So, why do I live here? At first it was convenience. I was still living at home and commuting into Boston and my future husband Dan, got a job in a nearby town. I wanted to live in Boston—but Dan had just graduated from Northeastern University and had enough of big city living. My mother convinced me to take a look at a Brockton apartment a friend had for rent. It was the second floor of a three family house—five rooms plus a walk-in closet. The rent was $500 a month. I had friends paying twice that to share a smaller place with cockroaches in sketchy parts of Boston. I decided that a longer commute was well worth the money we would save.
Because our rent was so cheap it wasn’t long before we had saved enough to start looking for a house. My first thought was a smaller, more affluent, more rural town nearby. We were married by then and knew that whatever house we bought would probably be where we would raise our children. Every place we could afford was tiny or dilapidated. My realtor said, “Have you ever considered Brockton?” And again my mother said, “Have you looked in Brockton?”. Reluctantly we agreed to see a few houses. The fourth house we looked at had been on the market for a while. It was built in 1904 and had a huge yard. It needed work—a lot of do-it-yourself projects had been done by less-than competent hands. But as they say in the business, it had good bones. Lovely woodwork and hardwood floors hiding under rose-colored, dog-scented carpet. It was in a great neighborhood—home to judges, attorneys, doctors and retirees. The asking price was less than the bank had pre-approved us for. This was not only the house we could afford. It was the house we wanted.
Thirteen years later, much to my surprise, we’re still here. We’ve refinanced twice, torn out that pink carpet, painted, landscaped, added two bedrooms and a bathroom. We now have two children who are enrolled in Brockton Public Schools. We’ve been very fortunate and could probably afford to live somewhere else. So why don’t we? Why are we still here?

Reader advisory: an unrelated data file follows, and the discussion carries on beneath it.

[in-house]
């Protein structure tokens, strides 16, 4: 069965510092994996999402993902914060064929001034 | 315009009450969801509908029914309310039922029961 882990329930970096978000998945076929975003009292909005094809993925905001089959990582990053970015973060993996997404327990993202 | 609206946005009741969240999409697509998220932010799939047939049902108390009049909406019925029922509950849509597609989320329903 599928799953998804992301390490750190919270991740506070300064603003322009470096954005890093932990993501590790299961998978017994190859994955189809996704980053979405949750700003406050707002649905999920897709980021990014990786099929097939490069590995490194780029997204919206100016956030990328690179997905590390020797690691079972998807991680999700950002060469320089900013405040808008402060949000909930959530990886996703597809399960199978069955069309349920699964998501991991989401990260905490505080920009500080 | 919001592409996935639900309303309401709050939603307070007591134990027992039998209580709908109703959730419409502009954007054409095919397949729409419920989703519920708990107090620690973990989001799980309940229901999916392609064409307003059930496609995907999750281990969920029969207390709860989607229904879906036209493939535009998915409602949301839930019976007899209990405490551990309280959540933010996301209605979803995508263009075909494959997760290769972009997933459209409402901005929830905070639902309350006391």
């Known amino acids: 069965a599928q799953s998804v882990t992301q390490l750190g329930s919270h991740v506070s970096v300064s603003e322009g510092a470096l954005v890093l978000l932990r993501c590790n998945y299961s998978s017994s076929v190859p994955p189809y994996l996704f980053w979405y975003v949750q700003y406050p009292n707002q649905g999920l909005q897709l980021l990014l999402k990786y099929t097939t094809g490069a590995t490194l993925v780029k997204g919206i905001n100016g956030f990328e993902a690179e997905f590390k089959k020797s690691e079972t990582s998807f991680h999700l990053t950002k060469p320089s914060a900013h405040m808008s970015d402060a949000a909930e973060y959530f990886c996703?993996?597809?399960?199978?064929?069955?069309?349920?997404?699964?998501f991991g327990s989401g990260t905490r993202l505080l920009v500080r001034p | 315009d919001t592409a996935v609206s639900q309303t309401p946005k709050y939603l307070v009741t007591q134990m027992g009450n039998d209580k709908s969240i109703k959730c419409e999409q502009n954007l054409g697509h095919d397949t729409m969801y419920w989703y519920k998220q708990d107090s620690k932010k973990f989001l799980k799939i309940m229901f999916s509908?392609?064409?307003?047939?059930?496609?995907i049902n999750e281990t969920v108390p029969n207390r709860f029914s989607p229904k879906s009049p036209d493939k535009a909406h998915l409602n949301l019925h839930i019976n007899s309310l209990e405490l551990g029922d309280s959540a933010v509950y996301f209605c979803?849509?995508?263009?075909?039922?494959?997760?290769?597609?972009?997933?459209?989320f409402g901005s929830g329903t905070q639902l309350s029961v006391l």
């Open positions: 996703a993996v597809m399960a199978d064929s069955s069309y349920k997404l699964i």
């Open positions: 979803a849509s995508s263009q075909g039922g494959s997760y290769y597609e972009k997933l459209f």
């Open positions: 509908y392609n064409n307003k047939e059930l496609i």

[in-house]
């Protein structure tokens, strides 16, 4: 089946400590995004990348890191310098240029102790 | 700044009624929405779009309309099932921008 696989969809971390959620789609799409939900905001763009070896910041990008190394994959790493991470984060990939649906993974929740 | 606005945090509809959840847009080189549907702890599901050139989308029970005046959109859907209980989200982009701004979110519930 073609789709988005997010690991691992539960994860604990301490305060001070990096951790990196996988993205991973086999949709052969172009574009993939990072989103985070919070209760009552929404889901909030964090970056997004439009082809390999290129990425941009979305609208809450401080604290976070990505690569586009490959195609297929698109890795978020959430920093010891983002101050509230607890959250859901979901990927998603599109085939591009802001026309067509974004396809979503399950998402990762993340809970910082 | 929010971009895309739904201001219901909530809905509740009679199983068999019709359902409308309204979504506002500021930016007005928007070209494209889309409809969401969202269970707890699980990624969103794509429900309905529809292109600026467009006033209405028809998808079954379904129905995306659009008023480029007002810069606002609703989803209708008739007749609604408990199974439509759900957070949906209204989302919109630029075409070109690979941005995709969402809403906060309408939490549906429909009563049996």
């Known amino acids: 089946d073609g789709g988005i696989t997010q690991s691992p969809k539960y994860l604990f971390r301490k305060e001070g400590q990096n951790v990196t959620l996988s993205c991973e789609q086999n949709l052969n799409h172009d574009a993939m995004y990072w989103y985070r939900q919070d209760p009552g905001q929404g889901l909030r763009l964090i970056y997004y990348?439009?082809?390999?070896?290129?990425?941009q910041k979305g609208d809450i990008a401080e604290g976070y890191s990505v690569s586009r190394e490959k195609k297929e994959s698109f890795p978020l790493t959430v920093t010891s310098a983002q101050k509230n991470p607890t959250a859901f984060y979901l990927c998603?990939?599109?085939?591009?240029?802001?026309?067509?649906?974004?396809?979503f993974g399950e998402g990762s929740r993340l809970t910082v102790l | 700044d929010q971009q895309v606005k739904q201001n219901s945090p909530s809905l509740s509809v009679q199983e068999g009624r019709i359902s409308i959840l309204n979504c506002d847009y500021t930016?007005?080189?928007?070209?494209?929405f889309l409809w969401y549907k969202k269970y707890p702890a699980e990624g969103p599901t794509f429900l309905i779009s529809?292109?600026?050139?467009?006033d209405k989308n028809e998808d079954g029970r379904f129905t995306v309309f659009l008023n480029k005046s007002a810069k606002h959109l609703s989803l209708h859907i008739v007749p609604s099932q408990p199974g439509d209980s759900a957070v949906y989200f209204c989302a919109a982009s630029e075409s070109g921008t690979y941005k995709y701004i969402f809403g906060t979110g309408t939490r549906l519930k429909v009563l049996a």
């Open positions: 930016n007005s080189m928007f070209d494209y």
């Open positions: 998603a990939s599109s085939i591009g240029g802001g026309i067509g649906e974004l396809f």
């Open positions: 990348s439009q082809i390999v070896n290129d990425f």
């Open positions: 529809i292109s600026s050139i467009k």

I asked a group of Brockton natives what was the best part of growing up in this city. By far, the most popular response was diversity. My childrens’ classmates have roots all over the globe: Asia, South America, Africa, Europe and the Caribbean. When my boys play soccer and baseball many of their teammates families speak Spanish, Cape Verdean and Haitian Creoles, and languages that I don’t even recognize. But it doesn’t matter because cheering on our children is a universal language. Beyond race, my children have friends from a variety of “non-traditional” families: children with two moms, children raised by single parents, children raised by grandparents and children who are raised in foster homes. Financial diversity—fifty-four percent of the students at my children’s’ school are considered low income. I’m not going to pretend that prejudice doesn’t exist here. But you learn to recognize differences and seek similarities. Getting along with a wide variety of people is a skill you develop at a young age in Brockton.
The reputation of our mammoth schools scare many folks, but I am impressed every day by the quality of education here. The Brockton Public School system tries to reach every student—whether they’re exceptionally challenged or exceptionally gifted. There will always be budget cuts. People will always get angry over taxes. But every time those talks come up, the passion over education that comes from students, parents and teachers is overwhelming. My boys have been blessed with dedicated and engaging teachers. PTA meetings at their school are always packed with parents willing to give time, talent and money.
Maybe every kid dreams of being an adult someplace else. Maybe kids who grow up on farms dream about city life and kids in the city long for the suburbs. But a funny thing happens when you grow up and see a little more of the world. You see that there are bad elements everywhere. Picture-perfect towns end up on the news. It just takes the residents by surprise. When you grow up in a place considered dangerous by some, you learn to be resilient and aware. I chose to stay in this “dangerous” place. Maybe by doing so I’ll make it a little better.